Tory chairman accused of running dirty tricks campaign while minister
Cabinet Office refuses to hand over documents relating to altered letter from Lord O'Donnell
James Cusick is political correspondent of The Independent and The Independent on Sunday. As an experienced member of the lobby, he has previously worked at The Sunday Times and the BBC. His career as a journalist has been split between print and television, including senior positions as producer with Sir David Frost and at BBC Newsnight. He is also an award-winning golf and travel writer, working for over a decade as the UK contributing editor for one of the USA’s leading golf magazines. He broadcasts regularly for the BBC and CNN. He lives in London.
Monday 01 October 2012
Grant Shapps has been accused of being at the centre of a "cover-up" over attempts to smear Lord Prescott, after the Cabinet Office refused to release key correspondence from the Tory chairman's former department.
While he was housing minister, Mr Shapps repeatedly accused Lord Prescott of having a "cavalier attitude to the public purse", releasing details of bills run up on the former Labour deputy prime minister's departmental credit card.
But a letter sent last year by Lord O'Donnell, the then head of the Civil Service, clearing Lord Prescott was substantially altered after contact from Mr Shapps' Department for Communities and Local Government.
The Cabinet Office has now blocked Lord Prescott's attempts to get hold of exchanges that led to the alterations, ruling that publication is "not in the public interest".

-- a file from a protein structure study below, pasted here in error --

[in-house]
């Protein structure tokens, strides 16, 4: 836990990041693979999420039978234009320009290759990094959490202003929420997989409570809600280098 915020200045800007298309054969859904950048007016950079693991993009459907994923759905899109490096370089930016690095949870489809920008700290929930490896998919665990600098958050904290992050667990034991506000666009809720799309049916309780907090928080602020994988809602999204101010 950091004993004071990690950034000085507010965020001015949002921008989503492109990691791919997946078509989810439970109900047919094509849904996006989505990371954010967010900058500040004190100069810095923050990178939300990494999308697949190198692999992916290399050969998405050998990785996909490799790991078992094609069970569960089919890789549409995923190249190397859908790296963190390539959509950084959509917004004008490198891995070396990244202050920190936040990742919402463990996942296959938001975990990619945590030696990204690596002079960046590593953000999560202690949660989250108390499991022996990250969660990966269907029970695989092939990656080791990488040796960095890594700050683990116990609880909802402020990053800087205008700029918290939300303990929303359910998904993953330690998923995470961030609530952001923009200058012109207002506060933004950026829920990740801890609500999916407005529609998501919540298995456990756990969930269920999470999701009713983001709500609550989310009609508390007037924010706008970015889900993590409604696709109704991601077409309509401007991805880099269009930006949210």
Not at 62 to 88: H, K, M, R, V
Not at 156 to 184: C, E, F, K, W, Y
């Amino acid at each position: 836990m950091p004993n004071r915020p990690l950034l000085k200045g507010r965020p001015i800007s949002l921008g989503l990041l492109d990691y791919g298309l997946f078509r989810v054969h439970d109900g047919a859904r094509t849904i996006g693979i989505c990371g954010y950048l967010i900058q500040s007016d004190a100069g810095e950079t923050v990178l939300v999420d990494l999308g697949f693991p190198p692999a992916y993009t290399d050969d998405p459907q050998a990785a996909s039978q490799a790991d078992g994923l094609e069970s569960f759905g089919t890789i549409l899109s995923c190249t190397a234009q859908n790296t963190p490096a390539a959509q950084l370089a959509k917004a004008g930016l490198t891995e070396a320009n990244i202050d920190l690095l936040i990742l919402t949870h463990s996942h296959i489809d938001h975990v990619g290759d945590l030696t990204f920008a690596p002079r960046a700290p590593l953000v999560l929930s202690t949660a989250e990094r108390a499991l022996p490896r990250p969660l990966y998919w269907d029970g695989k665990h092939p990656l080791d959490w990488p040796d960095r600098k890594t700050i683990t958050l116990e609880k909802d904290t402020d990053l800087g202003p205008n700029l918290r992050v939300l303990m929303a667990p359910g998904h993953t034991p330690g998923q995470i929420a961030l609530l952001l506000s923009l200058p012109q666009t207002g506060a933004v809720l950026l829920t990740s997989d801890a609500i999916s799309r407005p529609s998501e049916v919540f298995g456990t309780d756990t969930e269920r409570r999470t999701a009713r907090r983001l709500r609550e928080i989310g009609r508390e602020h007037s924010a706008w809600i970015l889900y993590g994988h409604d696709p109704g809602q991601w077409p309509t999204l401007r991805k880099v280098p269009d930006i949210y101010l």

A month before he resigned as Cabinet Secretary, Lord O'Donnell reviewed the row and wrote to Lord Prescott telling him "the expenditure appears to have been legitimate".
However Lord O'Donnell's letter, sent initially on 18 November, was subsequently altered and resent four days later. Claims in the initial letter that "money has been recovered and an individual disciplined", as well as an apology that Lord Prescott was not notified in advance by Mr Shapps of his allegations, were omitted.
Lord Prescott told The Independent yesterday that he believed the second letter was sent without the knowledge of Lord O'Donnell, after representations from officials in Mr Shapps' former department.
"This is a remarkable government cover-up. Altering letters from the most powerful civil servant in the land without his permission or knowledge is a very, very serious offence," he said. It was an "astounding judgement", he said, that "uncovering who was responsible for this was not in the public interest".
Lord Prescott is demanding that the Information Commissioner, Christopher Graham, intervenes and forces the Cabinet Office to publish its correspondence with DCLG officials. Aides to Mr Shapps insist they did not contact the Cabinet Office to request that the O'Donnell letter be altered.
The publicity generated by Mr Shapps' accusations, many made under the protection of parliamentary privilege, have damaged Lord Prescott's attempt to win November's election for Humberside's police and crime commissioner.
Among the "evidence of excess" were transactions for restaurant bills in Australia, Ireland, Malaysia, the United States and Canada. However, a fraudulently cloned government credit card accounted for £2000 of the bills. In October, Lord Prescott told the Cabinet Office he had never owned a government credit card and accused Mr Shapps of deliberately peddling false accusations as part of an orchestrated "dirty tricks" campaign.
The accusations are the latest problem facing Mr Shapps, who was promoted to Tory co-chairman in the autumn reshuffle but has faced questions about his business interests.
He has also admitted that he used pseudonyms including "Michael Green" and "Sebastian Fox" in the operation of an online "how to" internet company that he started before he became an MP and which is now run by his wife Belinda.
Following accusations by the Labour MP Steve McCabe that the Tory Party was being run by someone with "multiple personalities and questionable business practices", Mr Shapps told Sky News yesterday that he was not living a "double life" and that like many authors he simply "wrote under a business name".
He said he had stopped using the alter-egos "a long time ago".
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